Inflationary pressures are affecting all businesses. While many businesses can pass this additional cost along to their customers, the mining business cannot. In many cases, they do not set the prices for the minerals they produce, so increasing costs eat away at profit margins. The price of copper today is roughly the same as this time last year ($4.40/lb), gold is up 5% or about $100/oz, and iron ore is down $20/dmt. With some commodities that are in high demand, such as potash and coal oddly enough, producers are certainly in the driver’s seat these days. Spot prices for both have tripled in the last year and some of that is attributable to the war in Ukraine, but not all of it.
The price of fuel has everyone’s attention. Many believe it’s artificially imposed through excessive regulation. Permitting a refinery or pipeline may be as difficult as permitting a mine these days. Prices for diesel fuel in the U.S. have climbed $2.40/gal ($0.63/l) in the last year. While the situation in Europe with natural gas is an anomaly, in the U.S., spot prices for natural gas have climbed from $3 per million Btu (MMBtu) to $7.45/MMBtu in the last year. Increasing natural gas prices directly impact the cost of electricity, ammonium nitrate and cyanide, not to mention the natural gas the mines use on site.
What can mines do to combat escalating fuel and energy costs? This month, E&MJ carries two articles that address this issue: Power Options for Haul Trucks (see p. 20) and Plant Engineering (see p. 38). Neither provides silver bullets or magical overnight solutions, but they do discuss pathways forward.
Diesel-powered haul trucks have been identified as the heaviest emitters at open-pit mines. They consume a lot of diesel fuel, tons by the hour. Mining companies and original equipment manufacturers (OEMs) have been looking at alternatives. Truck OEMs are discussing fuel-agnostic haul trucks. The mining company tells the OEM what they prefer and they will build it for them. Meanwhile, some mining companies are pioneering their own efforts. The haul truck on the cover of this edition is a hydrogen-fueled prototype that Anglo American launched for its platinum mines in South Africa. The Copper Mountain mine in British Columbia recently received an award for its trolley system. Readers should check out the video on the E&MJ website (e-mj.com), which shows Copper Mountain’s trolley-powered haul truck passing a diesel-powered haul truck, both fully loaded on grade.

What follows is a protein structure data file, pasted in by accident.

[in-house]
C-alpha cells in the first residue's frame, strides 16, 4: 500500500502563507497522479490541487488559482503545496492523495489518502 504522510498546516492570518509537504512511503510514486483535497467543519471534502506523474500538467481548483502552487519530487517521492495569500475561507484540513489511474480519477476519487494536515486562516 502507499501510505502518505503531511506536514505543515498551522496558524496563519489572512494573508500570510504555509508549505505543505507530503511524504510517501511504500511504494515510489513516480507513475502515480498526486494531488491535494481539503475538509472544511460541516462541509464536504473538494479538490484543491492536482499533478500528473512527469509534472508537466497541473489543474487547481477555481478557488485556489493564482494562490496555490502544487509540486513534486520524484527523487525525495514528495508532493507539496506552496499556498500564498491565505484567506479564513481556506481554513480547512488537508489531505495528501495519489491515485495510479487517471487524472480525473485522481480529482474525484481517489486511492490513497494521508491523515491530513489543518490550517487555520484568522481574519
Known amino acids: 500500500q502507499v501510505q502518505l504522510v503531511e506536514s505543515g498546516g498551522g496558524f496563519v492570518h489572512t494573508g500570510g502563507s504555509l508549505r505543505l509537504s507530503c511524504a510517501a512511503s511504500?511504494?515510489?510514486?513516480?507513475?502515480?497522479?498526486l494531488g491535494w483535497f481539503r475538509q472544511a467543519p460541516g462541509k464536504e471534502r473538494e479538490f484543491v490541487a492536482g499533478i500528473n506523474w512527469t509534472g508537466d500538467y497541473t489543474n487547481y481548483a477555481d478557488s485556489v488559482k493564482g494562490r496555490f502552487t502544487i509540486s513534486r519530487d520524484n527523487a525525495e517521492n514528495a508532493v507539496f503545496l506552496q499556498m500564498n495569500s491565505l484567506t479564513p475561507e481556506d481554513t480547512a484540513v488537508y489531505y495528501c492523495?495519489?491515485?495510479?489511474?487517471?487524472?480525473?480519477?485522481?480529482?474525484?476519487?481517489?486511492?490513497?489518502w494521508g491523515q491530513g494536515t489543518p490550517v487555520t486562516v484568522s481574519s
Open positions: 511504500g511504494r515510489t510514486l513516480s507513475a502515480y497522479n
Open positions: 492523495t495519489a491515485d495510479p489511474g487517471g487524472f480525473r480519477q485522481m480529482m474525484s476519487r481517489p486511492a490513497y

The next largest power consumer at the mine site is the plant, especially the crushing and milling circuits. Thanks to technology improvements, strategic partnerships and advanced R&D, plant engineers today can make continuous incremental improvements that will compound over time. Meanwhile, OEMs and academics are looking for revolutionary solutions that will dramatically improve the efficiency of mineral processing projects.
All these efforts, which will require an investment, will likely have a profound positive impact environmentally with lower emissions and water consumption. They will also reduce energy consumption and costs. Enjoy this edition of E&MJ.